Getting to Know a Work of Art

The following information may be found in: "Sound Ways of Knowing: Music in the Interdisciplinary Curriculum" by Barrett, McCoy, and Veblen. New York: Schirmer Books, 1997.

Barret, McCoy, and Veblen discuss the process of moving from being a passive observer to creating a sense of being fully "within a work--engaged in comprehension, personal response, or dialogue with the work or the impulses of its creator. Recall a time when your senses were heightened and your perceptions were clear while performing, listening to, creating, evaluating, viewing, or examining a song, play, poem, sculpture, dance, or other work"

"Thomas Moore, in his book Care of the Soul (1992), asserts that 'we'll feel empty if everything we do slides past without sticking.' The arts are important because they arrest attention and 'invite... us into contemplation---a rare commodity in modern life. In that moment of contemplation art intensifies the presence of the world" (p. 286). When we are participating in the arts as creator, performer, or perceiver, we are able 'to see more in our experience, to hear more on normally unheard frequencies, to become conscious of what daily routines, habits and conventions have obscured' (Greene, 1995, p. 379)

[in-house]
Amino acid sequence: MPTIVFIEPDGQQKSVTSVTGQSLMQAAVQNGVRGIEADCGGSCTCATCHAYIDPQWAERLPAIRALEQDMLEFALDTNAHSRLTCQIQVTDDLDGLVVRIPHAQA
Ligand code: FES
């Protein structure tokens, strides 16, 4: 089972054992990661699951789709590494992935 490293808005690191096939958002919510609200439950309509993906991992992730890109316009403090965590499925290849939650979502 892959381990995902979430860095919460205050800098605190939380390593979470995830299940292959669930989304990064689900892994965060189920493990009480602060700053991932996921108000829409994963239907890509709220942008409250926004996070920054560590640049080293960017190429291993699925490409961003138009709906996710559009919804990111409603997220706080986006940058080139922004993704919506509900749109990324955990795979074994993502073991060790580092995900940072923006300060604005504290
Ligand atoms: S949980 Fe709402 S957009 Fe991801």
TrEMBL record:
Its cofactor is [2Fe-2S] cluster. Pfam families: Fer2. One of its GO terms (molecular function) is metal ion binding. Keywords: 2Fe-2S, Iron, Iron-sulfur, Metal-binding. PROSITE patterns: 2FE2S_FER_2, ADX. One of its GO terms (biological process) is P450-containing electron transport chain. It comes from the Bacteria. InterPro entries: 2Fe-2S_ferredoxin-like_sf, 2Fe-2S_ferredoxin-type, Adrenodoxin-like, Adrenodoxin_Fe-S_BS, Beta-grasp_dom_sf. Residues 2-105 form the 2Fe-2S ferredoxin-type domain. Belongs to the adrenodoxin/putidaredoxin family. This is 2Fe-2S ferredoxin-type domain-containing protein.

"Georgia O-Keeffe, who painted spectacular canvas-filling flowers, said, 'Still--in a way--nobody sees a flower--really--it is so small--we haven't time--and to see takes time, like to have a friend takes time'"

"To derive full value from the arts, we must be willing to become actively engaged with them over time."

"The artist, through visual images, melodies, physical gestures, or poetic language, not only helps us clarify our thoughts about life experiences, but also helps us distill and intensify the feelings of joy, sorrow, wonder, or amusement we associate with those experiences."

"Words seem like straightjackets when compared with the fluid, lively, and simultaneous elements of a folk dance, jazz quartet, opera chorus, or grand finale in the musical theater."

"Leonard Bernstein (1959), as gifted as anyone in pointing the way to musical experience through words, resigned himself to 'joining the long line of well-meaning but generally doomed folk who have tried to explain the unique phenomenon of human reaction to organized sound.'"

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